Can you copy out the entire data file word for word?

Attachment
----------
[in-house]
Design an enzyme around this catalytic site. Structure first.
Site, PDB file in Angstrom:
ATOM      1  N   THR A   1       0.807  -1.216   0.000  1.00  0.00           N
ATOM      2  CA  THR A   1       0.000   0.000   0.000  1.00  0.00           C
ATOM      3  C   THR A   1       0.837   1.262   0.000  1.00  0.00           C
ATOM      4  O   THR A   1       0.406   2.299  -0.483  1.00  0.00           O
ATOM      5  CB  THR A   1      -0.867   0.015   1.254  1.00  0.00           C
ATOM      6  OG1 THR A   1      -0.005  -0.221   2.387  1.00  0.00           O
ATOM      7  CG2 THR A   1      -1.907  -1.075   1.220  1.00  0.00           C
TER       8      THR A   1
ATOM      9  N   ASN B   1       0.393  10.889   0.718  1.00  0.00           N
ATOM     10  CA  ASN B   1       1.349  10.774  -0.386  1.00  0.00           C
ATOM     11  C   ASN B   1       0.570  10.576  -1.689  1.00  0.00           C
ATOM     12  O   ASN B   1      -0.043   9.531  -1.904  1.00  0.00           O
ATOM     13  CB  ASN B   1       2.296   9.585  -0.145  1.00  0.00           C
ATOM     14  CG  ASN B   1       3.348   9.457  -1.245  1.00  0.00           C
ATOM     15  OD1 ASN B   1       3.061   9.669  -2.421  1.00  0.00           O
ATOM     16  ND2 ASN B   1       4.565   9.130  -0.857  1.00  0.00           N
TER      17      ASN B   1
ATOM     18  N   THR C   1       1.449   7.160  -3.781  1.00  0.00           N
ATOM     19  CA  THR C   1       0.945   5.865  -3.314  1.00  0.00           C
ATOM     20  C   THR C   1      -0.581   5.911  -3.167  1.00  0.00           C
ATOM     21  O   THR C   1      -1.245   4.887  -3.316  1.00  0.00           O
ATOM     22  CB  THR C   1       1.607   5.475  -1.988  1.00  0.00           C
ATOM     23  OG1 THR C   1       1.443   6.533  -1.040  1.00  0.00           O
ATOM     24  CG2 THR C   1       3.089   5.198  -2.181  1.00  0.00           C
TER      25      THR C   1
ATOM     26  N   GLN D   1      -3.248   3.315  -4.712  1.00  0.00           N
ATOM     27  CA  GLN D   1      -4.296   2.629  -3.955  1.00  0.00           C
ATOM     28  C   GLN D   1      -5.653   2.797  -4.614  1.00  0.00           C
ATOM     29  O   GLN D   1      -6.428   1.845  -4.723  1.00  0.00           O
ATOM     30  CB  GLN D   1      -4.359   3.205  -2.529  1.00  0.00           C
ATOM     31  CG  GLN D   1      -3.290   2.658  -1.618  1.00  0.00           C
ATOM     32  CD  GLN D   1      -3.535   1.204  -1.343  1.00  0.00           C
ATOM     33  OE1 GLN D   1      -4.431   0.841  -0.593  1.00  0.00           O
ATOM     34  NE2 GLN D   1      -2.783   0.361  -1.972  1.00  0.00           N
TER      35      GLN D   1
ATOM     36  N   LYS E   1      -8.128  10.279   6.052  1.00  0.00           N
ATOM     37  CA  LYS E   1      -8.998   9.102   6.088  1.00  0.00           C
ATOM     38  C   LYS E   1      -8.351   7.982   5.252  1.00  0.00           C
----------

[in-house]
Design an enzyme around this catalytic site. Structure first.
Site, PDB file in Angstrom:
ATOM      1  N   THR A   1       0.807  -1.216   0.000  1.00  0.00           N
ATOM      2  CA  THR A   1       0.000   0.000   0.000  1.00  0.00           C
ATOM      3  C   THR A   1       0.837   1.262   0.000  1.00  0.00           C
ATOM      4  O   THR A   1       0.406   2.299  -0.483  1.00  0.00           O
ATOM      5  CB  THR A   1      -0.867   0.015   1.254  1.00  0.00           C
ATOM      6  OG1 THR A   1      -0.005  -0.221   2.387  1.00  0.00           O
ATOM      7  CG2 THR A   1      -1.907  -1.075   1.220  1.00  0.00           C
TER       8      THR A   1
ATOM      9  N   ASN B   1       0.393  10.889   0.718  1.00  0.00           N
ATOM     10  CA  ASN B   1       1.349  10.774  -0.386  1.00  0.00           C
ATOM     11  C   ASN B   1       0.570  10.576  -1.689  1.00  0.00           C
ATOM     12  O   ASN B   1      -0.043   9.531  -1.904  1.00  0.00           O
ATOM     13  CB  ASN B   1       2.296   9.585  -0.145  1.00  0.00           C
ATOM     14  CG  ASN B   1       3.348   9.457  -1.245  1.00  0.00           C
ATOM     15  OD1 ASN B   1       3.061   9.669  -2.421  1.00  0.00           O
ATOM     16  ND2 ASN B   1       4.565   9.130  -0.857  1.00  0.00           N
TER      17      ASN B   1
ATOM     18  N   THR C   1       1.449   7.160  -3.781  1.00  0.00           N
ATOM     19  CA  THR C   1       0.945   5.865  -3.314  1.00  0.00           C
ATOM     20  C   THR C   1      -0.581   5.911  -3.167  1.00  0.00           C
ATOM     21  O   THR C   1      -1.245   4.887  -3.316  1.00  0.00           O
ATOM     22  CB  THR C   1       1.607   5.475  -1.988  1.00  0.00           C
ATOM     23  OG1 THR C   1       1.443   6.533  -1.040  1.00  0.00           O
ATOM     24  CG2 THR C   1       3.089   5.198  -2.181  1.00  0.00           C
TER      25      THR C   1
ATOM     26  N   GLN D   1      -3.248   3.315  -4.712  1.00  0.00           N
ATOM     27  CA  GLN D   1      -4.296   2.629  -3.955  1.00  0.00           C
ATOM     28  C   GLN D   1      -5.653   2.797  -4.614  1.00  0.00           C
ATOM     29  O   GLN D   1      -6.428   1.845  -4.723  1.00  0.00           O
ATOM     30  CB  GLN D   1      -4.359   3.205  -2.529  1.00  0.00           C
ATOM     31  CG  GLN D   1      -3.290   2.658  -1.618  1.00  0.00           C
ATOM     32  CD  GLN D   1      -3.535   1.204  -1.343  1.00  0.00           C
ATOM     33  OE1 GLN D   1      -4.431   0.841  -0.593  1.00  0.00           O
ATOM     34  NE2 GLN D   1      -2.783   0.361  -1.972  1.00  0.00           N
TER      35      GLN D   1
ATOM     36  N   LYS E   1      -8.128  10.279   6.052  1.00  0.00           N
ATOM     37  CA  LYS E   1      -8.998   9.102   6.088  1.00  0.00           C
ATOM     38  C   LYS E   1      -8.351   7.982   5.252  1.00  0.00           C